Shiny Modules (part 1) : Why using modules ?

Quentin Fazilleau

2019/02/11


Short introduction to Shiny modules

Building complex Shiny application can lead to code duplication.
Shiny modules are the solution to this code duplication.

A Shiny module is a piece of a Shiny app reusable inside more complex app.

Thus, a module can be seen as a function that could be called multiple times rather than copy-paste some code.

A Shiny application is defined into several files :

  • ui.R file for interface.
  • server.R file for server logic.
  • OR a single app.R file for both interface & server logic.

Exactly like a Shiny application, a module is defined with 2 functions :

  • One for interface (suffixed by ‘UI’ or ‘_UI’, ex = myModule_UI)
  • One for server logic (ex = myModule)

In this article is described other positive features of modules, appropriate situations to their use and an hello-world example.

NB : This Joe Cheng post is a good introduction to Shiny modularization.

Use module multiple times inside an application

As soon as I need to rewrite the same UI outputs and/or server logic functions. I create a module and use it as much time as needed.

In the exemple below, the module createPlot is used with datasets :

  • dataset_1
  • dataset_2
  • dataset_3

NB : The module createPlot is defined by functions :

  • createPlot defining server logic.
  • createPlotUI defining interface.
Module within Shiny application

Module within Shiny application

Use module across applications

During Shiny development, sometime I need a “piece of app” that I have already done somewhere else.
Here’s my process :

  1. Transform these “pieces of app” into modules (cf 2 functions : interface & server logic).
  2. Gather them inside an R package.
  3. Use these modules into multiple applications.

This solution offers all the conveniance from packaging such as :

  • Update the R package will update all of my Shiny applications.
  • Add tests on the R package with testthat.
  • Create documentation.
  • etc…

NB : Because of reasons above, merging modules into R package makes sens even if they are used only into one Shiny application.

Module across Shiny application

Module across Shiny application

To reorganize Shiny files

As you know, all Shiny code can be stored in server.R & ui.R files or in a single app.R file.
Using modules to split the code into different files can help :

  • To have a better understanding of application architecture.
  • To collaborate with other colleagues.

Use case 1 : Re-use module inside application

Non modularized application example :

app
|___ server.R (1000 lines)
|___ ui.R (500 lines)

Creation of 2 modules (module_1 & module_2), both used n times into application1 :

application1
|___ server.R (300 lines)
|___ ui.R (200 lines)
|
|___ modules
    |___ module_1.R (200 lines)
    |___ module_2.R (200 lines)

After the module creation, you can notice a better organization of files and also a code line saving (as soon as modules are re-used at least 2 times).

Use case 2 : Modules availability through packages

Non modularized applications example :

application1                    application2                    application3
|___ server.R (400 lines)       |___ server.R (400 lines)       |___ server.R (400 lines)
|___ ui.R     (250 lines)       |___ ui.R     (250 lines)       |___ ui.R     (250 lines)

Create a package with module_1 reused in each applications :

packageModules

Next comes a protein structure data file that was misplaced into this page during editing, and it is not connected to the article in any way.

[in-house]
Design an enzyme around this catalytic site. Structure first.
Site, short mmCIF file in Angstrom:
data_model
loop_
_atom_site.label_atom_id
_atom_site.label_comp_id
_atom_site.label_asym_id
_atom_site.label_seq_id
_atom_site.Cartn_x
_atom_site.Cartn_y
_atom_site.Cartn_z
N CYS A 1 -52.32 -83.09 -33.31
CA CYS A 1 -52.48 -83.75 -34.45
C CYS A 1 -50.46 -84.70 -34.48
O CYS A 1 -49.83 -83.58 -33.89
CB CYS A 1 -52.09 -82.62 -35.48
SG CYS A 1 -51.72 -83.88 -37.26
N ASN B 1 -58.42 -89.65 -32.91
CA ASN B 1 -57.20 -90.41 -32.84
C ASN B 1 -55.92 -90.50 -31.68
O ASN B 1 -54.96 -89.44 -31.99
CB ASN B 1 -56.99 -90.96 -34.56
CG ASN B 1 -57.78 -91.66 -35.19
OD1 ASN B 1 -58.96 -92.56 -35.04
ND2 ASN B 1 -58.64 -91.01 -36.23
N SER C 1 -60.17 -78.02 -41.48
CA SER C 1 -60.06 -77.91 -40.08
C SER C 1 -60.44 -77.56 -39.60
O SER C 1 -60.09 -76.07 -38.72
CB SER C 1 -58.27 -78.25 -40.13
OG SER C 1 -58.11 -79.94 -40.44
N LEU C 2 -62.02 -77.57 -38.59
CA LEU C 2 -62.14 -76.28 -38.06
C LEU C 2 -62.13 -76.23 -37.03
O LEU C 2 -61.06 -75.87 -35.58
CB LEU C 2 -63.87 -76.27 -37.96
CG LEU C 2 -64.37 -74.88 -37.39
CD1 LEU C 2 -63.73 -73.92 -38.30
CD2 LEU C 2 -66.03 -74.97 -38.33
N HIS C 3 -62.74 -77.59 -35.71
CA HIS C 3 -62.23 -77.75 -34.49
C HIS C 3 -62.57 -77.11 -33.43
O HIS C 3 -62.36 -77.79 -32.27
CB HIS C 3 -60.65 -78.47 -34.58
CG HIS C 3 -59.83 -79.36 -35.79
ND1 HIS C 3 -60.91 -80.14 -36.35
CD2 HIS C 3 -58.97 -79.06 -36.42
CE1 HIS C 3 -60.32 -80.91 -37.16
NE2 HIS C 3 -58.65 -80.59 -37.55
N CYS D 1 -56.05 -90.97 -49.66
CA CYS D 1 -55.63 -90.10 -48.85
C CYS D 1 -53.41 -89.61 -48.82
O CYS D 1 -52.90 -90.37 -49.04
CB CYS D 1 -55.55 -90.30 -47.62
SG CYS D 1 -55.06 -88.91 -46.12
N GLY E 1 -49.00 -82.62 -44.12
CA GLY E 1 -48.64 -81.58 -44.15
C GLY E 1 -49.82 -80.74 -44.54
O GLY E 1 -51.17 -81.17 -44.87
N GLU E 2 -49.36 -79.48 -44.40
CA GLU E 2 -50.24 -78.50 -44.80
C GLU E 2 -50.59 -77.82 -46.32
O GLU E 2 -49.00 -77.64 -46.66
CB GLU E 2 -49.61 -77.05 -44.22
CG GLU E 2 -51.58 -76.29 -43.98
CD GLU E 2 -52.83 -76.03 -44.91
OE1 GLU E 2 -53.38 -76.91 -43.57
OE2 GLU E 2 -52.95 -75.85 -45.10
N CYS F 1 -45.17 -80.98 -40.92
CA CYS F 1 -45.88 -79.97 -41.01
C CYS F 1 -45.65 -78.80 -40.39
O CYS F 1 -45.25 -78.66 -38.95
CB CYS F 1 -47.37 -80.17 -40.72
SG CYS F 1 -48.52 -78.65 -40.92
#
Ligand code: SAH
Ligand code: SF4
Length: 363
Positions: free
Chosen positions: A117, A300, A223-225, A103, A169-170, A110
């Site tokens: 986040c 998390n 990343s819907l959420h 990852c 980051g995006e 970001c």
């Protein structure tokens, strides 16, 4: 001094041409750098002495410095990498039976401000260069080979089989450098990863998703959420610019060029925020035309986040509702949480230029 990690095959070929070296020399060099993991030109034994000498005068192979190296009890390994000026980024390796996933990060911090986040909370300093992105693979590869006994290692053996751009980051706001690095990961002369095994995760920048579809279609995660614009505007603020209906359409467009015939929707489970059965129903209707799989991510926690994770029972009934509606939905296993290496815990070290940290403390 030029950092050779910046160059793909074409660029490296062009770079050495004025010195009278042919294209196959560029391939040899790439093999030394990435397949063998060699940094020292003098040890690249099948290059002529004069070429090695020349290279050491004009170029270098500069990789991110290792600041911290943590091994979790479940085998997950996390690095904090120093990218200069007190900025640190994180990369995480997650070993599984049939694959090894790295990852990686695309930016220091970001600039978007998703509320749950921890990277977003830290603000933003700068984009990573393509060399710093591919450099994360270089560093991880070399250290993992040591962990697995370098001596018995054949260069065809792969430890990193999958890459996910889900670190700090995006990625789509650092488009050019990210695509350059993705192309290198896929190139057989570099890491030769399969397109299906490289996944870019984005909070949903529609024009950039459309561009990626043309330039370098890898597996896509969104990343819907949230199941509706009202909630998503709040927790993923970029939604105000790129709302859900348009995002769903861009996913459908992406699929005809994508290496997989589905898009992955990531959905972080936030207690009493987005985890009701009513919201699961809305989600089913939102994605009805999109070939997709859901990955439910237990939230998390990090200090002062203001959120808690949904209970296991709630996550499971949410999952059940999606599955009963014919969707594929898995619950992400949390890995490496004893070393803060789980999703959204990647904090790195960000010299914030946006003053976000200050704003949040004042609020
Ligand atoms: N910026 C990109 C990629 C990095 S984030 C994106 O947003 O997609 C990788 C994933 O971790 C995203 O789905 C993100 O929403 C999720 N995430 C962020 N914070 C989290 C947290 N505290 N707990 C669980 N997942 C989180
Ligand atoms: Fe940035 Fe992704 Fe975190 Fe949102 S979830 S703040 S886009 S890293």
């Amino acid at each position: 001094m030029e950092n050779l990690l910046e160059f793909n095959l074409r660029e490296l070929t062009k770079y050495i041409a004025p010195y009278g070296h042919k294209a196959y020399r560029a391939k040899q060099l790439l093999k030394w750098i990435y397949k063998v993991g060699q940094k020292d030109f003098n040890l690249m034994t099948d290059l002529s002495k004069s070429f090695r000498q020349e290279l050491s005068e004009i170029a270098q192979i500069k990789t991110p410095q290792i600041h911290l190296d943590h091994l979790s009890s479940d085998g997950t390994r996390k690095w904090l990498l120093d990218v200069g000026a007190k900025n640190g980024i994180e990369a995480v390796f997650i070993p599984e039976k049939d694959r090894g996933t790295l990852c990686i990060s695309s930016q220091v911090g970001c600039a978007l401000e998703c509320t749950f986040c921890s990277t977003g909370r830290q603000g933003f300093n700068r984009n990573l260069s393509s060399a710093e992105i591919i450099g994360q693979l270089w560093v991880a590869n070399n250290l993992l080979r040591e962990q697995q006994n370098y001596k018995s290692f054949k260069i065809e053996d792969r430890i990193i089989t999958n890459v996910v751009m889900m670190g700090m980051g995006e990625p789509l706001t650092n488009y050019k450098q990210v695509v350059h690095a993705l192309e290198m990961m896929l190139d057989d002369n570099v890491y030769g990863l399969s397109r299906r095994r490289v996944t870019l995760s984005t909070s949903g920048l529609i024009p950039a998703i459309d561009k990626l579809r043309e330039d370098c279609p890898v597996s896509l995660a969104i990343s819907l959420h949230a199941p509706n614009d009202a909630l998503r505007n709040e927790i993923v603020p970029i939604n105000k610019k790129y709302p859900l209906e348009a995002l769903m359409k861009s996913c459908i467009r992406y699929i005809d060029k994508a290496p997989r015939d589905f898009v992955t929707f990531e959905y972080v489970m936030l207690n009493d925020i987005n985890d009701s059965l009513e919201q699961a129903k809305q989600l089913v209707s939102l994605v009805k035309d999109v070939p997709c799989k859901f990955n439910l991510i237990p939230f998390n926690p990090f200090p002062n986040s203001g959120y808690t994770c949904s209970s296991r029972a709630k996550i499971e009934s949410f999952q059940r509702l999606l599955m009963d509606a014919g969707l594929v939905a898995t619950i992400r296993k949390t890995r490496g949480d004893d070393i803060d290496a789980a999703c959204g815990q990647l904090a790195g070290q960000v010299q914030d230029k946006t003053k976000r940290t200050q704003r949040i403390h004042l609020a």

|___ module_1.R (350 lines)

application1                    application2                    application3
|___ server.R (200 lines)       |___ server.R (200 lines)       |___ server.R (200 lines)
|___ ui.R     (150 lines)       |___ ui.R     (150 lines)       |___ ui.R     (150 lines)

We can see here a reduce of code lines. We also get advantages of packaging as noted above.

Summary

Good reasons to use Shiny modules :

  • Replicate “piece of app” multiple times inside a Shiny application.
  • Replicate “piece of app” accross different Shiny application.
  • Reorganize code files for more clarity & understanding.
  • Merge modules inside an R package and get advantages of R packaging.

Hello Shiny module world

Here below a basic Shiny application containing a minimal Hello World example. The code is also available on this repository.

You can launch the application locally with :

shiny::runGitHub(repo = "ardata-fr/shinyapps", subdir = "modules-hello-world")

app.R

library(shiny)

# load module functions
source("hello_world.R")

ui <- fluidPage(
    
    titlePanel("Using of Shiny modules"),
    
    fluidRow(
        # Call interface function of module "hello_world"
        hello_worldUI(id = "id_1")
    )
    
)

server <- function(input, output, session) {
    
    # Call logic server function of module "hello_world"
    callModule(module = hello_world, id = "id_1")
    
}

shinyApp(ui = ui, server = server)

hello_world.R

# Function for module UI
hello_worldUI <- function(id) {
    ns <- NS(id)
    
    fluidPage(
        fluidRow(
            column(2, textInput(ns("TI_username"), label = NULL, placeholder = "your name")),
            column(2, actionButton(ns("AB_hello"), label = "Hello !"))
        ),
        hr(),
        fluidRow(
            column(12, textOutput(ns("TO_Hello_user")))
        )
    )
    
}

# Function for module server logic
hello_world <- function(input, output, session) {
    
    # When user clicks on "Hello" button : Update reactive variable "name"
    name <- eventReactive(input$AB_hello, {
        return(input$TI_username)
    })
    
    # Show greetings
    output$TO_Hello_user <- renderText({
        if (name() %in% "") {
            return("Hello world !")
        } else {
            return(paste("Hello", name(), "!"))
        }
    })
    
}

To be continued

Now you know Shiny modules are great, you can get our minimal example to start with.
The next post will explain the data workflow between Shiny application and module(s).